First came the Pool, with its faults and virtues.
Now comes a wave of troubling takeovers.
What happens when retail supply opens up?
Much of the pressure to reform the...
each competitor. Initial efficiency differences among utilities are revealed by using correlated cost information from like firms. Allocative inefficiency is benchmarked by using total cost comparisons, not just data on changes in output/input ratios. And, rather than regulator-imposed productivity factors and adjustment periods, potential efficiency improvements and the adjustment periods are revealed by endogenizing the process through the tournament ().
It is illustrative to note Scheifer's comments in the original paper outlining the concept. Schleifer states that YC works because it "does not let an inefficient cost choice by a firm influence the price and transfer payment that that firm receives. It is essential for the regulator to commit himself not to pay attention to the firms' complaints. … Unless the regulator can credibly threaten to make inefficient firms lose money … cost reduction cannot be enforced." 6
Recent Misapplications of 'Yardstick Competition'
Recently, regulators in Europe, the UK, Australia, and the United States have structured with "so-called" yardstick paradigms based on a limited time series of partial costs (generally ignoring capital costs and line losses). In many of these jurisdictions deterministic frontier techniques are employed. Unfortunately, such PBR implementations have selected the worst of both paradigms. Using data-intensive but "quick fix" applications, regulators have opted to preserve the traditional exogenous process, with a new twist: benchmarking on partial costs that produces unstable peers and significant biases in inter-utility efficiency rankings.
In these applications, utilities have been benchmarked for differences in technical efficiency but not allocative (due to the difficulty of calculating input prices) and regulators have opted for notable efficiency improvements as mentioned above. Our research has examined such applications in detail: First, we find such frontier paradigms are unstable. Firms judged to be efficient in one period are judged inefficient in the next period and so on. Second, we find that a utility's technical inefficiency is not necessarily correlated with its allocative inefficiency. Thus, one cannot assume one can over-penalize based only on the calculated technical inefficiency (assuming it was done correctly) to compensate for unknown but suspected allocative inefficiency. Third, we find significant differences in calculated efficiency between the partial-cost approach and one based on total costs, which produces a better estimate of both technical and allocative efficiency. Not surprisingly, such attempts to yardstick benchmark on partial costs have created sizeable distortions in efficiency rankings and X factors. 7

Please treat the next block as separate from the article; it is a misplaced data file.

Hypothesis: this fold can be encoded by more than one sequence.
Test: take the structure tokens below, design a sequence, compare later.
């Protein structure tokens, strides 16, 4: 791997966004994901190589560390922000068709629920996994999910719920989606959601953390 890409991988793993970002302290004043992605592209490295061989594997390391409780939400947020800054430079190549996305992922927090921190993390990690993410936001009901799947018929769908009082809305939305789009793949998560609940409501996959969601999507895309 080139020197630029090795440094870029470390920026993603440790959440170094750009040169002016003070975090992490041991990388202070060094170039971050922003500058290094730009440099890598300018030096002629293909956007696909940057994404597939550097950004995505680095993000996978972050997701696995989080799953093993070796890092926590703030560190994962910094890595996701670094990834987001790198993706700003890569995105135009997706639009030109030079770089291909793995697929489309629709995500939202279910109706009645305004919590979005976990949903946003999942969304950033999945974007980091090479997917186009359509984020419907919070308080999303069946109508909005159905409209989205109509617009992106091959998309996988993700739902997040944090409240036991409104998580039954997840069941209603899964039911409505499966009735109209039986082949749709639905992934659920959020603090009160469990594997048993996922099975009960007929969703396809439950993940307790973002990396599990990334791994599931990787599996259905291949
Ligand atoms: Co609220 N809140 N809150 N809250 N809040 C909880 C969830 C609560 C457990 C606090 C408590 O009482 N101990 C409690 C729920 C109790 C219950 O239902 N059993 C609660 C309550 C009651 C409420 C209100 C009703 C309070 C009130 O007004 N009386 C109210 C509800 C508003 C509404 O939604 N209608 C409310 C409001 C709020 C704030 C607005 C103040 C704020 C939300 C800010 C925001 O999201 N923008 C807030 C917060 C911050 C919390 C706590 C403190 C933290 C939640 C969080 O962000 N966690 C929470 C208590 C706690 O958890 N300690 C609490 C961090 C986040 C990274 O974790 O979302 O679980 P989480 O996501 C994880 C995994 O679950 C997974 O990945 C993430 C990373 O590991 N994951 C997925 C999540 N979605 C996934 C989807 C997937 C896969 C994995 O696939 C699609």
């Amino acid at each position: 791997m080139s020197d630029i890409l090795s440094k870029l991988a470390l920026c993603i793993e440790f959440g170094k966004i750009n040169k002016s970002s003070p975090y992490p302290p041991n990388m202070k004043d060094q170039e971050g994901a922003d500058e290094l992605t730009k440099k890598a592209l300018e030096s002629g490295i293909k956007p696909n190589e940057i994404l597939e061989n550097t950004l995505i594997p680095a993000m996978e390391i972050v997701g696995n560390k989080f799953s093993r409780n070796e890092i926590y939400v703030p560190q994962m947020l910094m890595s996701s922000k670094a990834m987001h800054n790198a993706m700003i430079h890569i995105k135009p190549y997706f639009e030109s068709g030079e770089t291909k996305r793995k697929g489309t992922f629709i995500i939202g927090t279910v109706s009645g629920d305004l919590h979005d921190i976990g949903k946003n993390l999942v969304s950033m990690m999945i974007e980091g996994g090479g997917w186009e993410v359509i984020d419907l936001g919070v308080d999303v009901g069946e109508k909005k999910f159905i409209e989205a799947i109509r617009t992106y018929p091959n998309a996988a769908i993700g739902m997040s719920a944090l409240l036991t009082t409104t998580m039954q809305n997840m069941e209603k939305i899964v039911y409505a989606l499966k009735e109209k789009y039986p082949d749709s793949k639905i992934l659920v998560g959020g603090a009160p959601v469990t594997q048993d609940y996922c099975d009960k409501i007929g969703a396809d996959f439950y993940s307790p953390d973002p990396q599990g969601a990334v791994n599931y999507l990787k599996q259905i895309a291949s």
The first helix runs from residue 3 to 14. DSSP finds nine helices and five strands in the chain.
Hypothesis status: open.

The PBR toolkit available to regulators is a powerful regulatory incentive mechanism and can work to achieve a more socially optimal outcome if applied correctly. Proper efficiency benchmarking is critical. Rather than the data-intensive, regulator-imposed, exogenous framework traditionally implemented in North America, or the partial cost/partial efficiency "quick fix" benchmarking recently employed in Australia, Holland, and California, among other jurisdictions, we suggest the adoption of endogenous shadow-market, yardstick competition. This approach simplifies the regulatory process and handles issues such as the principal-agent problem and allocative inefficiency and initial efficiency differences with elegant simplicity. Exogenously determined YC as practiced recently only should be implemented with cost-per-unit comparisons based on full costs, including capital and line losses, as well as calculated input